It’s a good bet that not many who follow the pharmaceutical industry were familiar with the Chinese company BeiGene (BGNE, Financial). They should be now. Biotech giant AMGEN (AMGN, Financial) recently spent $2.7 billion for 20% ownership of the Beijing-based company.
The agreement calls for BeiGene to help Amgen commercialize its cancer treatments in China. In addition, it will take part in research and development work on 20 Amgen oncology drugs. Amgen said the deal would enable it to significantly speed up its oncology presence in China and would involve both companies advancing its pipeline there, according to an article in MedCity News. Amgen already has Xgeva approved in China, along with the cholesterol drug Repatha.
Since the deal was announced, BeiGene shares have shot up nearly 50% to more than $203. During the same period, Amgen stock has climbed nearly $29 and now trades just pennies off its 52-week high of $234.89.
About two weeks ago, BeiGene gained accelerated approval for its drug Bruskina to treat a certain type of lymphoma. That made it the first drug discovered by a Chinese company to get the Food and Drug Administration’s OK. Next month, the company will release study data showing how its medication stacks up against AbbVie (ABBV, Financial) and Johnson & Johnson’s (JNJ, Financial) drug Imbruvica for a rare type of cancer that starts in the white blood cells. Right now, Imbruvica is the only approved drug to treat the disease.
MedCity reported that in a note, Cowen analyst Yaron Werber acknowledged that investors might be skittish about the deal since disappointing Bruskina study results could sink BeiGene’s stock. He allayed their concerns somewhat by pointing out that share prices are seldom a factor in strategic partnerships.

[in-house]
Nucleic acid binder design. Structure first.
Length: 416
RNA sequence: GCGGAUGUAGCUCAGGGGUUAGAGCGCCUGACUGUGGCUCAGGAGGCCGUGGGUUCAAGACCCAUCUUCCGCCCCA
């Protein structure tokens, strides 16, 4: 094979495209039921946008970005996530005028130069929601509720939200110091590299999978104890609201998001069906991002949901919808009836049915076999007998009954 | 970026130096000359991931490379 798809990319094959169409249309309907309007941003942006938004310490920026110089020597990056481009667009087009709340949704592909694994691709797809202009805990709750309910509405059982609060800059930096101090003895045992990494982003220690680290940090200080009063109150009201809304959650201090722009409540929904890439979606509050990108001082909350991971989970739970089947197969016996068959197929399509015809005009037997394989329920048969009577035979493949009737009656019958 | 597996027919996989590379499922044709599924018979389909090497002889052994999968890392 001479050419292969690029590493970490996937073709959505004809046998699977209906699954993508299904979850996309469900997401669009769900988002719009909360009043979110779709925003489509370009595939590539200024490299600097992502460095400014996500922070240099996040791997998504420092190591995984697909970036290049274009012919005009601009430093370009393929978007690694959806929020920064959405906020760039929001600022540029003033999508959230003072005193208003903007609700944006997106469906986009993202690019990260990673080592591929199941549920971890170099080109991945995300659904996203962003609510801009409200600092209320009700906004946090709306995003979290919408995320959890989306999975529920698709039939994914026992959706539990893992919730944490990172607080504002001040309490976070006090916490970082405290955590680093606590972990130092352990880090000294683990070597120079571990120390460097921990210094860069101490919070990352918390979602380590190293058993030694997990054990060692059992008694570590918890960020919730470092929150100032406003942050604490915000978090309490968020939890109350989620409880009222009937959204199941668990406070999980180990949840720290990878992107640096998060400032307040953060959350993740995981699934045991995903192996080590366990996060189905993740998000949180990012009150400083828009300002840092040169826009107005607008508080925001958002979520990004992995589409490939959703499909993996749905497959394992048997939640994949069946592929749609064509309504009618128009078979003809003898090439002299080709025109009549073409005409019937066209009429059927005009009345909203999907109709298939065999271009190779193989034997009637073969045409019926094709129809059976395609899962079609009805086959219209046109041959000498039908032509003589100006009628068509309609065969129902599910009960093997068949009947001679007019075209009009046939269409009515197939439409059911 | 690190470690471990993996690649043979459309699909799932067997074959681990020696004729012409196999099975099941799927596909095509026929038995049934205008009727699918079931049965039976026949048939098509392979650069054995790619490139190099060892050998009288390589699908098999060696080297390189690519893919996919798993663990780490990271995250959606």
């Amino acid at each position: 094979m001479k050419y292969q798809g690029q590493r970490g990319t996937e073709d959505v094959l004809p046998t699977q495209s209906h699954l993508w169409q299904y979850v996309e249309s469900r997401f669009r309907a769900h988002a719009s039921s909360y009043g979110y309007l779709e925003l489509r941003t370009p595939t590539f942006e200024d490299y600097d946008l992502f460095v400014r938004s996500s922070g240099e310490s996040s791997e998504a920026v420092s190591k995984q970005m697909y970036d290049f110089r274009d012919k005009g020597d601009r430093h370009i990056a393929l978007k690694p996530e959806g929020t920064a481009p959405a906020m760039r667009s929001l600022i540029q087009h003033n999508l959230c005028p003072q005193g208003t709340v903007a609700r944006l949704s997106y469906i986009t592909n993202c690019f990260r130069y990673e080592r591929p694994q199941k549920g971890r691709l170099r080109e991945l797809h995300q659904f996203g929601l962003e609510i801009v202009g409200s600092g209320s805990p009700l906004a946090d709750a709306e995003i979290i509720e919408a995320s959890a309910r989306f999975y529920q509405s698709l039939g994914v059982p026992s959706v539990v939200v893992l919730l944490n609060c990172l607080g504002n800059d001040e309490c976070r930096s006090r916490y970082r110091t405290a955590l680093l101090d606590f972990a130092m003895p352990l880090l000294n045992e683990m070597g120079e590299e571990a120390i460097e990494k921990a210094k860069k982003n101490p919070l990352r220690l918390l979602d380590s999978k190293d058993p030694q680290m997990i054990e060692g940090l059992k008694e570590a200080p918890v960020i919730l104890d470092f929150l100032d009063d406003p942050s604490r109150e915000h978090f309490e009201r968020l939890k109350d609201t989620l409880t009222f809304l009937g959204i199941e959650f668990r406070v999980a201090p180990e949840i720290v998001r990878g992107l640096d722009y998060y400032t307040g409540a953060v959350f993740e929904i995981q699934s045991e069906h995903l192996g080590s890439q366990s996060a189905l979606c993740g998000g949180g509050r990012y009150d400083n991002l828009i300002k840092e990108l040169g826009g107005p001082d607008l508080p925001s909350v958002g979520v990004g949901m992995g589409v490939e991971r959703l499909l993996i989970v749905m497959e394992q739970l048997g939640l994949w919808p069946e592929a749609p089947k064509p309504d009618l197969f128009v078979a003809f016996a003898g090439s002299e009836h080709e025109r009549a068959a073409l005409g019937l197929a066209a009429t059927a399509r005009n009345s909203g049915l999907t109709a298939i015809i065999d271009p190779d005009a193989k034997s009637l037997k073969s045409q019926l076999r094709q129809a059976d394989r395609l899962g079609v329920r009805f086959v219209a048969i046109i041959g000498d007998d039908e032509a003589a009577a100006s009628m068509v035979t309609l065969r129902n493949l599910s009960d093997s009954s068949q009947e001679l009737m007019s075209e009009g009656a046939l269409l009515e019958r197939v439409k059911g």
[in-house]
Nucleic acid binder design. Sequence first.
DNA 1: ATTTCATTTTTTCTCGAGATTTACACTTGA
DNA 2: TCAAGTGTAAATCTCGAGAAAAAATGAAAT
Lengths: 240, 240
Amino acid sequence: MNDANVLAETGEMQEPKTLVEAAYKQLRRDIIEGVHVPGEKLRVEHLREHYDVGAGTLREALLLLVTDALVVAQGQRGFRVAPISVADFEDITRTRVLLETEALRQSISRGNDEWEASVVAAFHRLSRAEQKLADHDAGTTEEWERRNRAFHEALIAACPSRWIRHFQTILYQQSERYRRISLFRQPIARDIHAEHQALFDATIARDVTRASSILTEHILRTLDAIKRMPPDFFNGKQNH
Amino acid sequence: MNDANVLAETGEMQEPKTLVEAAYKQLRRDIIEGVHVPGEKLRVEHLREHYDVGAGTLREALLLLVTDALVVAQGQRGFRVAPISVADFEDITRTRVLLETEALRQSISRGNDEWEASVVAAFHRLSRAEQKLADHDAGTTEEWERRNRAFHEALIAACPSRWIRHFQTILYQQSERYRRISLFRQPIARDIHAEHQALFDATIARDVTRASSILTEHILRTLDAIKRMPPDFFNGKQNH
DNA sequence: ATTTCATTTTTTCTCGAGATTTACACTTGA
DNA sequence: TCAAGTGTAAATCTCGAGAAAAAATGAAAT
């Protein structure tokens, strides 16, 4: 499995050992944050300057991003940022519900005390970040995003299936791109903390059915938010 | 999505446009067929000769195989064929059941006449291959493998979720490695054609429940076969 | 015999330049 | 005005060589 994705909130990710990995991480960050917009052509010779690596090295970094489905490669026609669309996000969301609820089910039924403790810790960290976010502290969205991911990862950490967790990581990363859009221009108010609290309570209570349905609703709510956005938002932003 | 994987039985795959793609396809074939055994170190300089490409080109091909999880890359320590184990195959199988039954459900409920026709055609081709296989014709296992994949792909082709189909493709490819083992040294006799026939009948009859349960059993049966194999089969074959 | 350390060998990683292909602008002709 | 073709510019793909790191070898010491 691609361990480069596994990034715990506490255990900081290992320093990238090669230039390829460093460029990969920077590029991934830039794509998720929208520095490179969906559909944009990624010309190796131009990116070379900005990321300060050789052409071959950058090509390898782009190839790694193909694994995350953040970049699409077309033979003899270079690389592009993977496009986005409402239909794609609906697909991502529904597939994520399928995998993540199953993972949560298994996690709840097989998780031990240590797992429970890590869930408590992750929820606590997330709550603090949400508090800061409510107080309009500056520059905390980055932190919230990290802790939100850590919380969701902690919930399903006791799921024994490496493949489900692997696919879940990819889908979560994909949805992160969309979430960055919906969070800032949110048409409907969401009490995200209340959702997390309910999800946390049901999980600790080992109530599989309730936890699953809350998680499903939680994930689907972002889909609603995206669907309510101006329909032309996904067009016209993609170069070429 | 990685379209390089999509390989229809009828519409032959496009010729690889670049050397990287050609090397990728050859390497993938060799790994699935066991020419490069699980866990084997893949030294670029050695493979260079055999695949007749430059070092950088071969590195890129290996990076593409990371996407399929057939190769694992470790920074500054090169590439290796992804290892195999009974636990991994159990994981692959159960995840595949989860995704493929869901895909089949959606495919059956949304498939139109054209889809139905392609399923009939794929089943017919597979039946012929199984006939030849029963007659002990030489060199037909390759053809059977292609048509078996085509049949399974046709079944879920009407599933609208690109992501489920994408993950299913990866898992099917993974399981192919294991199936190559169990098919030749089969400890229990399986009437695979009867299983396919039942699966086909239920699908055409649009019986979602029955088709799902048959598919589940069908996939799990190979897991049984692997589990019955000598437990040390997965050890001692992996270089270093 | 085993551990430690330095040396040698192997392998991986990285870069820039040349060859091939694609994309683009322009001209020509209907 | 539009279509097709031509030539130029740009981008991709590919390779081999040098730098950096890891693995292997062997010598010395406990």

“In our view, this deal is highly strategic to Amgen as it affords entry into the lucrative Chinese market with a company that is culturally similar and is equally versed in Western business practices while being locally scaled in China,” Werber wrote.
BeiGene, which went public in 2016, raised more than $900 million through a Hong Kong listing last year and has put together a 600-person clinical development group, according to an article in FierceBiotech. The moves gave BeiGene the opportunity to serve as a conduit for Western companies that want to break into the Chinese cancer market, which is projected to be highly profitable, but is difficult for outsiders to crack.
Analysts at Jefferies gave kudos to Amgen for the deal. “The [BeiGene] partnership and investment is a positive as there is clear, good rationale to get exposure to this rapidly-growing geography,” Michael Yee wrote in a note to investors. He thinks Amgen will gain more than $1 billion in revenues over the long haul.
BeiGene is headed by its founder, John Oyler, an American entrepreneur. He based his decision to start the company on the belief that China’s health care system was probably going to change, most likely from the reimbursement standpoint, according to an early November article in Life Science Leader.
“When I started considering how reimbursement was shifting from less evidence-based medicine to the latest and best medicines in the world, I saw the incredible opportunity China held for our industry,” he said. “The country had the capability to pour tens of billions of dollars back into the global industry to help pay for more research, which would not only make drugs more affordable in China, but across the globe. That could be transformative for patients and the industry. So, to me, it seemed like an incredible opportunity and time to build a company that could play a role in that, especially if focused on oncology.”
Disclosure: The author holds positions in Amgen and Johnson & Johnson.
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